“Don’t knows” rising faster than the polar ice caps
The polls on climate change are in and Australia is speaking as one, in a consistent and unwavering voice, sending the government a clear message it ignores at its own peril. That message? “We don’t know”.
Over the past few months ‘Don’t Know’ has emerged from the pack to be the most popular answer to a series of questions around climate change posed in the weekly Essential Report. Where once we were clear on the need for decisive action to stop global warming, now we are all at (rising?) sea. And the source of our confusion can be summed up in the ugly little acronym, ETS. Here’s a snapshot from recent polls:
June 29: Should the Opposition vote in favour or against the Government’s ETS legislation? - 40 per cent Don’t Know
June 22: Is the Government’s ETS strong enough? – 47 per cent Don’t Know
June 15: Should the Greens support the ETS in the Senate? – 37 per cent Don’t Know
This collective confusion represents a victory for the climate change deniers, notably the industry groups who have created their own doomsday scenarios around job losses in carbon-reliant industries.
But for mine, the real culprits are the technocrats who have managed to squeeze all the passion out of the project to save the planet and turned it into something that would be more appropriately meted out as punishment.
Designing an ETS is important work, but it is dull and soul-destroying. It’s a little like building a vision to create the world’s fastest car and thenp spending a year talking about how the engine will work.
We punters are not interested in how the pistons work, we just want to know it will travel where we want to go.
Or put it another way, if the last federal election was fought over a debate over the enforceability of conciliation and arbitration powers of the federal industrial relations commission, there is every chance John Howard would still be PM.
The trick in engaging people politically is to give them something that inspires them, to make the policy work that needs to be undertaken consistent with the bigger picture.
It seems to me it is here that the federal government has lost momentum – as they have dug deeper into the ETS they have been doing little to inspire people about how it will change the way the economy properties.
In fact, the most enduring climate change initiative recalled by people in focus groups is Malcolm Turnbull’s 2006 promise while environment minister to ban light bulbs. (as an inside, the Liberals have now entered the world of mass confusion too, with ‘Don’t Know now topping the list as most popular choice for leader).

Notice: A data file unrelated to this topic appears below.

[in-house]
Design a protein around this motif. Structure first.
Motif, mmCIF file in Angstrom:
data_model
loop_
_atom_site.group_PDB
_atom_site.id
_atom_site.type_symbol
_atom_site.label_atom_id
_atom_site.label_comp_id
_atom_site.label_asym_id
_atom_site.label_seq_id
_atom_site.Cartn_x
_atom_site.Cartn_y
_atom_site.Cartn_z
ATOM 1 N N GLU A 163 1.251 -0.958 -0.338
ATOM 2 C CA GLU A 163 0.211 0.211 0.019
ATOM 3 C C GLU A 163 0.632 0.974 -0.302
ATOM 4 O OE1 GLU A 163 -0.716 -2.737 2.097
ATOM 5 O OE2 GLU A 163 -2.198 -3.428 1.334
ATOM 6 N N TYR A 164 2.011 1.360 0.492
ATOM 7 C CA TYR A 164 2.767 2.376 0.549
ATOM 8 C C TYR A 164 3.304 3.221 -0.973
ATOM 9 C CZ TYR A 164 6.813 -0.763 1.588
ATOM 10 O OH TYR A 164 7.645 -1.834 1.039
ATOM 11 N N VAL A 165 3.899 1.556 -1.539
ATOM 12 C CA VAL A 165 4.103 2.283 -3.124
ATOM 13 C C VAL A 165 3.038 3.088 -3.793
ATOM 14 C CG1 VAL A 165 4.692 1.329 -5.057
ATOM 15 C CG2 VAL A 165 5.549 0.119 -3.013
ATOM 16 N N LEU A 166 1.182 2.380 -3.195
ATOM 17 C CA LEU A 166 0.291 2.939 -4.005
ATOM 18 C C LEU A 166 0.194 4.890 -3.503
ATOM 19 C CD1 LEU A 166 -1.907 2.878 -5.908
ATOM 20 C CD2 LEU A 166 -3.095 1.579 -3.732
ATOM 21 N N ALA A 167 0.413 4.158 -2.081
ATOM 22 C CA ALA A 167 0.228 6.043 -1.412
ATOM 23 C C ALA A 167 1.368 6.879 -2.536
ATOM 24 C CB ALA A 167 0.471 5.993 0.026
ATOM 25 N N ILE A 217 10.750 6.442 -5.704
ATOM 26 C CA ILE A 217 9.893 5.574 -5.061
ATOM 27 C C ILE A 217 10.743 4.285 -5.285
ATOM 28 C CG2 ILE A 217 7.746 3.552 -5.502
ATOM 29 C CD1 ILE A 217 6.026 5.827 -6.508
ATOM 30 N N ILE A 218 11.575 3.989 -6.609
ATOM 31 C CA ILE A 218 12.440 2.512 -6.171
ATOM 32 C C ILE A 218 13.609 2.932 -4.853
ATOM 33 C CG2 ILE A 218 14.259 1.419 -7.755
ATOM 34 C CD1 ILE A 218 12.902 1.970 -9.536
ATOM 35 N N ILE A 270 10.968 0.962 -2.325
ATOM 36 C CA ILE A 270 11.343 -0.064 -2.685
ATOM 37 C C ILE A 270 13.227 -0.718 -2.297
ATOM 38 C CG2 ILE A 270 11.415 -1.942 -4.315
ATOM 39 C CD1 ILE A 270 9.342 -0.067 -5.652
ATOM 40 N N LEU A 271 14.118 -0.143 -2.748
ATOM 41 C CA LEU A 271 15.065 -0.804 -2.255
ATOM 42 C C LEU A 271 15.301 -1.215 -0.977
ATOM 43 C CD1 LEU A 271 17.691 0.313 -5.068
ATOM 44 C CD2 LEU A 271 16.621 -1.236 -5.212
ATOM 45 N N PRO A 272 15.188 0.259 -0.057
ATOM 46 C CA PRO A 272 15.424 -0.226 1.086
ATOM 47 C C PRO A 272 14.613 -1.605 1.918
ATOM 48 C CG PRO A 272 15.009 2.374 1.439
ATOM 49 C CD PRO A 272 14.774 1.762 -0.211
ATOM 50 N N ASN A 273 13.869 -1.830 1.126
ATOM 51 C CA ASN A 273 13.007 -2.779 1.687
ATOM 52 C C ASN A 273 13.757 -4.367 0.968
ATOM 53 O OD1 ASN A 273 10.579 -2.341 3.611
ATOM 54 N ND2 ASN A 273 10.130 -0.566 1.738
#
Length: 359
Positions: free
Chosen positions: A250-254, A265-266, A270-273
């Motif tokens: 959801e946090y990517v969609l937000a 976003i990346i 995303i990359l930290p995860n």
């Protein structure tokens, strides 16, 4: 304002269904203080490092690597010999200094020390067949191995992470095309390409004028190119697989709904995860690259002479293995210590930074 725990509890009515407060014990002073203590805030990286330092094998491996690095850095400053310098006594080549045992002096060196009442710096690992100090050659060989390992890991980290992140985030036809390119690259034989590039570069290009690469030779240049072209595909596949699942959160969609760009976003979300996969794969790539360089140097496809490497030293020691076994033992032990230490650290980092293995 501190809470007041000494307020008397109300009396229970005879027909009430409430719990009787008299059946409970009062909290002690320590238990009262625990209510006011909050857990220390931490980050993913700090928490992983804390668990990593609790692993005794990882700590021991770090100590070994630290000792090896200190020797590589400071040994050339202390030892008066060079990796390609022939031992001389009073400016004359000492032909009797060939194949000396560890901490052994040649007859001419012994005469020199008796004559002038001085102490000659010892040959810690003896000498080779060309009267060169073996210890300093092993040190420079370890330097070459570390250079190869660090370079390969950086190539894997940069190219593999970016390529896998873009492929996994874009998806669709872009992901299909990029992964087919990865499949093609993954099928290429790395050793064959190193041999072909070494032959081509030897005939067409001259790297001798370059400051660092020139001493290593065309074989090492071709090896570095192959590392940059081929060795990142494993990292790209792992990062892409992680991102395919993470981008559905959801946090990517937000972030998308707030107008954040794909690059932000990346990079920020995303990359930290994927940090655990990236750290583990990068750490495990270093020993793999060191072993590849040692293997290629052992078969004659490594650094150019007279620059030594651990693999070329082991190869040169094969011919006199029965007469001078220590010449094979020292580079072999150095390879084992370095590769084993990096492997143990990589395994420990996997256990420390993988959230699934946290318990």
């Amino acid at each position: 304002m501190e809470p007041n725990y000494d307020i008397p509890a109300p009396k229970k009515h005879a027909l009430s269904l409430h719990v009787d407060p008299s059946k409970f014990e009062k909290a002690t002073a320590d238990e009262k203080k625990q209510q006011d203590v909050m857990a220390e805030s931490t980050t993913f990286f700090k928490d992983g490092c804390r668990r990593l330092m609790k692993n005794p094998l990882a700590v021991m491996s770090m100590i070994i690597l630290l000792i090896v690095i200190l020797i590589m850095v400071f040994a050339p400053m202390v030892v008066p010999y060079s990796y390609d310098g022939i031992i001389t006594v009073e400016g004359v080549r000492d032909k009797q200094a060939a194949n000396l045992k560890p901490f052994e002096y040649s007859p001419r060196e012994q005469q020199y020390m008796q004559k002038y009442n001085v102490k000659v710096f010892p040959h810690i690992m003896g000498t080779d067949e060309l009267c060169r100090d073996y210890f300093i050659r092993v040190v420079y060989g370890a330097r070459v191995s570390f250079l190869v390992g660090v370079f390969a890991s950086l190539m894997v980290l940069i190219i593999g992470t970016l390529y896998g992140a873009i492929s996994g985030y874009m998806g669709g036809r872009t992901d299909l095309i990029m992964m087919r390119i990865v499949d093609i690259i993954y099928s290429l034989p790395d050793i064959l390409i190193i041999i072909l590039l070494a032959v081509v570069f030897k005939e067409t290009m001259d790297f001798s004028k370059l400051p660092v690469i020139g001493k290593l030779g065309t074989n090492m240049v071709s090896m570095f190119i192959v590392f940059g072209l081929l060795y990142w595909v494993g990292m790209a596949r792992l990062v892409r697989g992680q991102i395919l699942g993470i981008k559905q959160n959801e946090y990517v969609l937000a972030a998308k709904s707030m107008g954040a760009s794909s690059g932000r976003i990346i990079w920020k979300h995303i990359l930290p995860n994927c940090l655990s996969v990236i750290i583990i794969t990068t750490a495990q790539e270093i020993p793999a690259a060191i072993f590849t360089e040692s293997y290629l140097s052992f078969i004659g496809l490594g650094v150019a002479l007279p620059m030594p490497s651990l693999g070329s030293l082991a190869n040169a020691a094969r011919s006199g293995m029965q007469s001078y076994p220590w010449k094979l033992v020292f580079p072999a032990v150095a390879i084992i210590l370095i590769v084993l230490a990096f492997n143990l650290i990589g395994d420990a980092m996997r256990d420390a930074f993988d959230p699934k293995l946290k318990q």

An alternate approach to communicating climate change has been championed in the US by the Break Through Institute, the baby of a couple of green heretics, Ted Norhaus and Michael Shellenberger, who published a seminal essay ‘The Death of Environmentalism’ a few years back.
Norhaus and Shellenberger argue that the only way to drive fundamental change is to inspire people; not scare them about environmental disaster; not bore them with technical detail, but to paint a picture of economic opportunity.
At the centre of their agenda are big-bold job-creating initiatives to promote renewable energy, a Marshall Plan for our times, driving markets that do not even exist and creating new jobs not yet imagined.
Their thinking helped drive the Apollo Alliance of environmental and union activists in the US, had a big impact on the Obama climate change policy and is now bearing fruit with an administration investing big in renewables.
The Obama policy is not wrapped up as ‘climate change’ or an ‘ETS’ or even ‘environment’ – it is ‘new energy’ - a position that is both forward-looking and active.
From this position, Obama is able to step into an international leadership role at the upcoming G8 Summit and attempt to broker a meaningful global protocol to reduce emissions.
Will it save the world? Don’t know. Will it quieten the deniers? Unlikely. But it creates momentum for the proponents of change, something that is hard to generate when you spend all your time with your head under the donk.
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